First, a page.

And what to do for achieving success
Learning data science is like learning how to play a musical instrument — you must develop good habits and get the foundations straight to succeed.
Just like a musician requires scales, arpeggios, and rhythm exercises before being able to play concertos, a data scientist needs to ingrain key practices to develop their potential.
Avoiding detrimental habits and cultivating productive ones allows you to shift your mental focus from the mechanics to the artistry of your work.
Developing data science habits like using virtual environments and tracking experiments transforms your workflow from a struggle to a smooth-flowing creative process.
In this article, we’ll explore six everyday bad habits that can secretly destroy your effectiveness as a data scientist and provide tips to help boost your productivity.
A virtual environment is a siloed Python installation separate from your system environment. It lets you install packages and libraries for a specific project without affecting your system Python setup. Neglecting to use virtual environments can lead to dependency hell.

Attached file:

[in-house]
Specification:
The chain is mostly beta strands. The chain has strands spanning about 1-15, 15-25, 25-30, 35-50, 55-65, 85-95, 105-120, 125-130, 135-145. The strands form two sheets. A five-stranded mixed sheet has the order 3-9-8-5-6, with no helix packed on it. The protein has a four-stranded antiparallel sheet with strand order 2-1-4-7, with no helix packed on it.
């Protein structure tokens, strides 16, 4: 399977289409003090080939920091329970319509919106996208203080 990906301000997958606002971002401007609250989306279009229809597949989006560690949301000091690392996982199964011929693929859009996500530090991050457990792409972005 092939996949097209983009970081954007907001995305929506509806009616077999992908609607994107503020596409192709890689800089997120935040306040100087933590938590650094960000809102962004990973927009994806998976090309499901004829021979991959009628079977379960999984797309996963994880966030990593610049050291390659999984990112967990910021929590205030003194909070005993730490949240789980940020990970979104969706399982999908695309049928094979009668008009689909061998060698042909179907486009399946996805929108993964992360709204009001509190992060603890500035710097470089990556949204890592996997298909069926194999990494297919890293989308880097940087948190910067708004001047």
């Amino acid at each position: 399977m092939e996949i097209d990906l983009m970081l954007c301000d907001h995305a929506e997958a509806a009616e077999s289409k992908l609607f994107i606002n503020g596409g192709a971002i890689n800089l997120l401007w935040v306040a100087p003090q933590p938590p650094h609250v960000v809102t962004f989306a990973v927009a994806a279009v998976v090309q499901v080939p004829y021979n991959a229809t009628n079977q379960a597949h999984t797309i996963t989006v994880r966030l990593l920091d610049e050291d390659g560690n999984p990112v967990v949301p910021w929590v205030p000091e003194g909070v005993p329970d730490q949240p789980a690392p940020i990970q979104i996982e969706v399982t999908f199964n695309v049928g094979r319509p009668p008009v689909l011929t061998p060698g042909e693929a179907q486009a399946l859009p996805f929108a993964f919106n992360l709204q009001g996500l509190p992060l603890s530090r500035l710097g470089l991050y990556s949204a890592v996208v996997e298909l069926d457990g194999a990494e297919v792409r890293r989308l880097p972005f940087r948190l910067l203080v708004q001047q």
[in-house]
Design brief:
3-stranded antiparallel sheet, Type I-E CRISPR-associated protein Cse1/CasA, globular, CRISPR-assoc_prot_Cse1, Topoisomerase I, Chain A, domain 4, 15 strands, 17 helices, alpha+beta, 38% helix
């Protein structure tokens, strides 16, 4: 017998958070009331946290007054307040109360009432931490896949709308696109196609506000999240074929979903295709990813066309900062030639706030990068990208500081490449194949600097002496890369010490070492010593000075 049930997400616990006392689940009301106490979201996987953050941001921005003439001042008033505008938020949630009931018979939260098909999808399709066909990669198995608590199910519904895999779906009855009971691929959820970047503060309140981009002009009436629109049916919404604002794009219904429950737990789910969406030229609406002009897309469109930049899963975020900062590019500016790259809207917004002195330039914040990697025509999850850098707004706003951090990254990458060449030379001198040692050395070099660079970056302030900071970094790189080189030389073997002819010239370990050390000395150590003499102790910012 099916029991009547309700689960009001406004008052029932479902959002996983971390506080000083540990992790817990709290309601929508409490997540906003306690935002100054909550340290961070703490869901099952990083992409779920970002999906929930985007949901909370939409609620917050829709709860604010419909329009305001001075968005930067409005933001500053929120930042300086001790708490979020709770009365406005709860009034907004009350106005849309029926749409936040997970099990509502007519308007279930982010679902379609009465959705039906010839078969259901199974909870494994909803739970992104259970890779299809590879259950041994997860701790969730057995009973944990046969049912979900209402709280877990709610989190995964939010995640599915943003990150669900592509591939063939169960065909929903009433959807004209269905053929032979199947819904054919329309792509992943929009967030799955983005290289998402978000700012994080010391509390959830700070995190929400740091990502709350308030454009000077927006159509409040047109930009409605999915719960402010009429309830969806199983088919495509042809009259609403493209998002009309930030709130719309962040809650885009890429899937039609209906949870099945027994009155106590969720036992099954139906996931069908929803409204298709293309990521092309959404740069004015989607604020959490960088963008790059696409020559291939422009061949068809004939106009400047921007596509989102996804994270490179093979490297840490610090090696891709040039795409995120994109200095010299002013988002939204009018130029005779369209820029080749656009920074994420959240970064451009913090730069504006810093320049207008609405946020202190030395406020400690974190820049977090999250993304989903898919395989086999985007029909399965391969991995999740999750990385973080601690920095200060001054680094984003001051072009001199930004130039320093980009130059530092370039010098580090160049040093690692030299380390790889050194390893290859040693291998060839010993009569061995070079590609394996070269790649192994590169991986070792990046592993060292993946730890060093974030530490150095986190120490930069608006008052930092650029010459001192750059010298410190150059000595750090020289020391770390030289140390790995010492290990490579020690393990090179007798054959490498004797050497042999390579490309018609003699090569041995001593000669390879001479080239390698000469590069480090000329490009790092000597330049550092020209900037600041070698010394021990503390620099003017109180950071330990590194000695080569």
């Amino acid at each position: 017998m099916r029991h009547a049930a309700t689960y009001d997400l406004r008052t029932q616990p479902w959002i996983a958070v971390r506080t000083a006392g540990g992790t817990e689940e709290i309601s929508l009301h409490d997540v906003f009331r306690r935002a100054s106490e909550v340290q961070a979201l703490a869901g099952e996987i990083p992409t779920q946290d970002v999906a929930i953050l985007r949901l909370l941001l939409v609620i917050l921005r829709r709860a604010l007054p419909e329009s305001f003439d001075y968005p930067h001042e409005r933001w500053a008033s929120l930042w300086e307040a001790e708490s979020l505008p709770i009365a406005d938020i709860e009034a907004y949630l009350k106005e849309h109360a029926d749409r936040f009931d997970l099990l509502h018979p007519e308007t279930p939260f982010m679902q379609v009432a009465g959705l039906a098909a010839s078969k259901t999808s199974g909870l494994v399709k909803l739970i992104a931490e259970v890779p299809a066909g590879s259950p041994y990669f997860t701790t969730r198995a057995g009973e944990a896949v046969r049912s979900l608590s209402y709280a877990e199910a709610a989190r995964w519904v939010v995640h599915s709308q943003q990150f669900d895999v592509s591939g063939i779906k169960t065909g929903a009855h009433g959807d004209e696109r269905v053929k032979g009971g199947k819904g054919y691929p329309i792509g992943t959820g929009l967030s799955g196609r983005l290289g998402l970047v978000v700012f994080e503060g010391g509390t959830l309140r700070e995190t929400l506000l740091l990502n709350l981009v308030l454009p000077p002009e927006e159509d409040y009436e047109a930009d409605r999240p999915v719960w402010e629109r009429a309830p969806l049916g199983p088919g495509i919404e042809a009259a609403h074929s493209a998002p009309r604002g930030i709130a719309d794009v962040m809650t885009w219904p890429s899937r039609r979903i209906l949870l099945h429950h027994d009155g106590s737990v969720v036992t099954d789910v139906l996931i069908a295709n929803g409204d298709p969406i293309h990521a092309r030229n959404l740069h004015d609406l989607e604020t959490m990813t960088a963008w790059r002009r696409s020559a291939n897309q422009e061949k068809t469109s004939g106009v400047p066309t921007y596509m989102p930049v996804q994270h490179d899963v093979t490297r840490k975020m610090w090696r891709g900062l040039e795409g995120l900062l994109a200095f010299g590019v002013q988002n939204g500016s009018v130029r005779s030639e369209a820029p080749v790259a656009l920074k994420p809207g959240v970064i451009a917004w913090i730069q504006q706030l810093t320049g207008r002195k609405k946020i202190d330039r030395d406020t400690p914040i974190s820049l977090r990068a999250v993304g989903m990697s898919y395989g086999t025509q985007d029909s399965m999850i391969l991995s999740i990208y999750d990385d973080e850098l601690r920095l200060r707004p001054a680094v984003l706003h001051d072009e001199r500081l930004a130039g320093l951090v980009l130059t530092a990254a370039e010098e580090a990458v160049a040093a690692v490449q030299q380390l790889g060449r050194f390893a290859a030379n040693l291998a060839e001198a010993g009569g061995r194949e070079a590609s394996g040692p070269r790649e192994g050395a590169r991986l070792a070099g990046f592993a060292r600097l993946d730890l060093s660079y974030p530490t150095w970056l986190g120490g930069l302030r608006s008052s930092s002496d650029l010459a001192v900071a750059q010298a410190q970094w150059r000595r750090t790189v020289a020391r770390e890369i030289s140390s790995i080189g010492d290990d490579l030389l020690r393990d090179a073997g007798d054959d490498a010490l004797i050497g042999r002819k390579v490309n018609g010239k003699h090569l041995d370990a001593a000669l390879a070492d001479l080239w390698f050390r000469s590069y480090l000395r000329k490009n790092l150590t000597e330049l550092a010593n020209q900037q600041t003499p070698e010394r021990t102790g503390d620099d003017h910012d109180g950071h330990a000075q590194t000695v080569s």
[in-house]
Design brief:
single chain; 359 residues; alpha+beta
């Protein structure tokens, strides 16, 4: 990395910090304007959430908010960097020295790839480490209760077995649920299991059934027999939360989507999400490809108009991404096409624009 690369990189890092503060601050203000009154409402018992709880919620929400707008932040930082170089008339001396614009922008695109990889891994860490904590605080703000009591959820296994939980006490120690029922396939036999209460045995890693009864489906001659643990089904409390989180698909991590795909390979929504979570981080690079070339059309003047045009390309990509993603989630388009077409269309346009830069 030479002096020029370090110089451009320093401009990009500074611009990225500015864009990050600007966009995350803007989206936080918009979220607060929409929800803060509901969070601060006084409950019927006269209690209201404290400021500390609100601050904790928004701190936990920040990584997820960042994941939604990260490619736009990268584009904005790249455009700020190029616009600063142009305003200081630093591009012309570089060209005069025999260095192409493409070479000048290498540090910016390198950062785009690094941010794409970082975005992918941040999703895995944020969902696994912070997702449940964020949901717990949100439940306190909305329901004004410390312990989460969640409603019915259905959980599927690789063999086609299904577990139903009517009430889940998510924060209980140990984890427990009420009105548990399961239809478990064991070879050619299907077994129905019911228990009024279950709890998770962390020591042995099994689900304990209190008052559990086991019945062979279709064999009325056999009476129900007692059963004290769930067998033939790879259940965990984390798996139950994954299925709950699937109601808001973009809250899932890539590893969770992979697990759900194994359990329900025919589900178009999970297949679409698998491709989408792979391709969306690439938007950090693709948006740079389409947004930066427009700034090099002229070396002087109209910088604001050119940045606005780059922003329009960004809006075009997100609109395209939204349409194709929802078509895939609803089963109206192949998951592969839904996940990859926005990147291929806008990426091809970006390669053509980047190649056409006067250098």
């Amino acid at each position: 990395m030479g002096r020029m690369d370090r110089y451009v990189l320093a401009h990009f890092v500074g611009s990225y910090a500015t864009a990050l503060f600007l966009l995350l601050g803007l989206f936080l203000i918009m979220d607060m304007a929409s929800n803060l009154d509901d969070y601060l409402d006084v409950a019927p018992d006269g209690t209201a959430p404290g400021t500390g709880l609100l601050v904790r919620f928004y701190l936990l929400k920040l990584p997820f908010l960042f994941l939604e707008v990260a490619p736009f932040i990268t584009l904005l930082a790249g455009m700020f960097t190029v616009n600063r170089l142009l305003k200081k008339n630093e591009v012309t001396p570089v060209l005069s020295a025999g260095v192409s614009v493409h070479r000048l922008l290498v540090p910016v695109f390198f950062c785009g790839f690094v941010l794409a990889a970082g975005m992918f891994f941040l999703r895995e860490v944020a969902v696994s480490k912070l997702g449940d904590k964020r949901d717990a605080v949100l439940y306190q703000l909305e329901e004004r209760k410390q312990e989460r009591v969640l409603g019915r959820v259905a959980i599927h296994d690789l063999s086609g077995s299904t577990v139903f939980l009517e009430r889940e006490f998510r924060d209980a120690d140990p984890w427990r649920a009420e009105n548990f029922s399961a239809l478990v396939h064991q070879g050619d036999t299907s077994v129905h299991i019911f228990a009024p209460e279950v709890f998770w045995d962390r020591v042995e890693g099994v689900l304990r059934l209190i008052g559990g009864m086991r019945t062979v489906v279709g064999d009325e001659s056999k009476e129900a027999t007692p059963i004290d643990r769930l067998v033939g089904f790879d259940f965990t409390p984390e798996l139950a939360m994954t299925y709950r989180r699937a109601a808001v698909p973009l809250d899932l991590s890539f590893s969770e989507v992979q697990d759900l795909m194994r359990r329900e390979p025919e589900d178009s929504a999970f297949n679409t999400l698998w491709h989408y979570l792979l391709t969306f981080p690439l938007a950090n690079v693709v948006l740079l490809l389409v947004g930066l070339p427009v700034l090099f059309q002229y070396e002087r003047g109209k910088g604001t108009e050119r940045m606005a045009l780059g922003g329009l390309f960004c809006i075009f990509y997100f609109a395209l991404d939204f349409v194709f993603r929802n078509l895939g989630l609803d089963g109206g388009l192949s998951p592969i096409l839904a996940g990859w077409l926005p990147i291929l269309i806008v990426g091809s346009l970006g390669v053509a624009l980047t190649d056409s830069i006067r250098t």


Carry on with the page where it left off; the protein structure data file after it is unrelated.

For example, in one of my first data science projects, I was building a machine learning model for image classification. I installed TensorFlow 2.0 globally to get started. A few weeks later my colleague gave me some code that required TensorFlow 1.x. Installing this caused all kinds of conflicts with my first project’s dependencies! I spent hours debugging before realizing I should have used virtual environments to avoid this mess. I couldn’t get the inherited code working until I set up a virtual environment to match my colleague’s original setup.
A virtual environment neatly sidesteps this issue by giving each project its own sandboxed space. Each environment has a dedicate python interpreter, pip and libraries.
This post originally appeared on TechToday.